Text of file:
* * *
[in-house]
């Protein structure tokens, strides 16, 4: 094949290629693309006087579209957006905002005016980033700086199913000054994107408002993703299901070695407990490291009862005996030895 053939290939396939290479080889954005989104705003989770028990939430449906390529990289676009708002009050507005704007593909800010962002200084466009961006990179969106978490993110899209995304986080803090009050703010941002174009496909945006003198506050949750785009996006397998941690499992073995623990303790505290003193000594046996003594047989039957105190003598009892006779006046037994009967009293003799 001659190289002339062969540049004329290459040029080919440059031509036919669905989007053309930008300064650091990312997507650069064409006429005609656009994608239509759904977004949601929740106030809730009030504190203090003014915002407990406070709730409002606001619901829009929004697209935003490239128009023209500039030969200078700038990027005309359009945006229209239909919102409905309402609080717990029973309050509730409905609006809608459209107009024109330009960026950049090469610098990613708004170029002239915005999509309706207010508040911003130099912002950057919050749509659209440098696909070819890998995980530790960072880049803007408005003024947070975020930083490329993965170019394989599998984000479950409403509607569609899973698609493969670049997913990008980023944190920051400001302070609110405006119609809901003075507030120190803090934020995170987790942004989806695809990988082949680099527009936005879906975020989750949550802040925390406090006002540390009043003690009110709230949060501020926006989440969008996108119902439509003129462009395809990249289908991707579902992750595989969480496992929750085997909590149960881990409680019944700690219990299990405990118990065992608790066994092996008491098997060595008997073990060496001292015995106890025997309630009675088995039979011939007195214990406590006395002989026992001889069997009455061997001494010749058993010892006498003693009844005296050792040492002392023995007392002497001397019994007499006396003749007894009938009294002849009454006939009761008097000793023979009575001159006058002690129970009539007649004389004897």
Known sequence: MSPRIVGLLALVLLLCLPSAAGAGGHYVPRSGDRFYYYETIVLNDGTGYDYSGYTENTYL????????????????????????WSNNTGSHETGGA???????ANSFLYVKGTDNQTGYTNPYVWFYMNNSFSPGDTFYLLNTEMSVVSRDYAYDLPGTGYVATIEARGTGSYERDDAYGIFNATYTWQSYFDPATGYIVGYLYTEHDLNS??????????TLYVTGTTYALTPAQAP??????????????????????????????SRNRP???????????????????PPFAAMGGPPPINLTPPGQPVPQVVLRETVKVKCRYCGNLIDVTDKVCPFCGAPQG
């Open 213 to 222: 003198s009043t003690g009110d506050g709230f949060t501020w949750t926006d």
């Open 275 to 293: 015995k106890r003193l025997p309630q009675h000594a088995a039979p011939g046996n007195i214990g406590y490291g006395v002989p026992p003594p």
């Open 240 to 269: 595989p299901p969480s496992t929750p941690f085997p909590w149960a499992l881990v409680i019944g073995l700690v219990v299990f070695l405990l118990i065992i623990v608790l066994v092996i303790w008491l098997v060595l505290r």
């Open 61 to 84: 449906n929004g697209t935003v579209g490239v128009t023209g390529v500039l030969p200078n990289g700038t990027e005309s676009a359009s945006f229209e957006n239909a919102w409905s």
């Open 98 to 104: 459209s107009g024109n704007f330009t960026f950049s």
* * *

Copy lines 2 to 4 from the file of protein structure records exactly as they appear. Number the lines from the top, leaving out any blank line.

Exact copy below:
């Protein structure tokens, strides 16, 4: 094949290629693309006087579209957006905002005016980033700086199913000054994107408002993703299901070695407990490291009862005996030895 053939290939396939290479080889954005989104705003989770028990939430449906390529990289676009708002009050507005704007593909800010962002200084466009961006990179969106978490993110899209995304986080803090009050703010941002174009496909945006003198506050949750785009996006397998941690499992073995623990303790505290003193000594046996003594047989039957105190003598009892006779006046037994009967009293003799 001659190289002339062969540049004329290459040029080919440059031509036919669905989007053309930008300064650091990312997507650069064409006429005609656009994608239509759904977004949601929740106030809730009030504190203090003014915002407990406070709730409002606001619901829009929004697209935003490239128009023209500039030969200078700038990027005309359009945006229209239909919102409905309402609080717990029973309050509730409905609006809608459209107009024109330009960026950049090469610098990613708004170029002239915005999509309706207010508040911003130099912002950057919050749509659209440098696909070819890998995980530790960072880049803007408005003024947070975020930083490329993965170019394989599998984000479950409403509607569609899973698609493969670049997913990008980023944190920051400001302070609110405006119609809901003075507030120190803090934020995170987790942004989806695809990988082949680099527009936005879906975020989750949550802040925390406090006002540390009043003690009110709230949060501020926006989440969008996108119902439509003129462009395809990249289908991707579902992750595989969480496992929750085997909590149960881990409680019944700690219990299990405990118990065992608790066994092996008491098997060595008997073990060496001292015995106890025997309630009675088995039979011939007195214990406590006395002989026992001889069997009455061997001494010749058993010892006498003693009844005296050792040492002392023995007392002497001397019994007499006396003749007894009938009294002849009454006939009761008097000793023979009575001159006058002690129970009539007649004389004897």
Known sequence: MSPRIVGLLALVLLLCLPSAAGAGGHYVPRSGDRFYYYETIVLNDGTGYDYSGYTENTYL????????????????????????WSNNTGSHETGGA???????ANSFLYVKGTDNQTGYTNPYVWFYMNNSFSPGDTFYLLNTEMSVVSRDYAYDLPGTGYVATIEARGTGSYERDDAYGIFNATYTWQSYFDPATGYIVGYLYTEHDLNS??????????TLYVTGTTYALTPAQAP??????????????????????????????SRNRP???????????????????PPFAAMGGPPPINLTPPGQPVPQVVLRETVKVKCRYCGNLIDVTDKVCPFCGAPQG
């Open 213 to 222: 003198s009043t003690g009110d506050g709230f949060t501020w949750t926006d």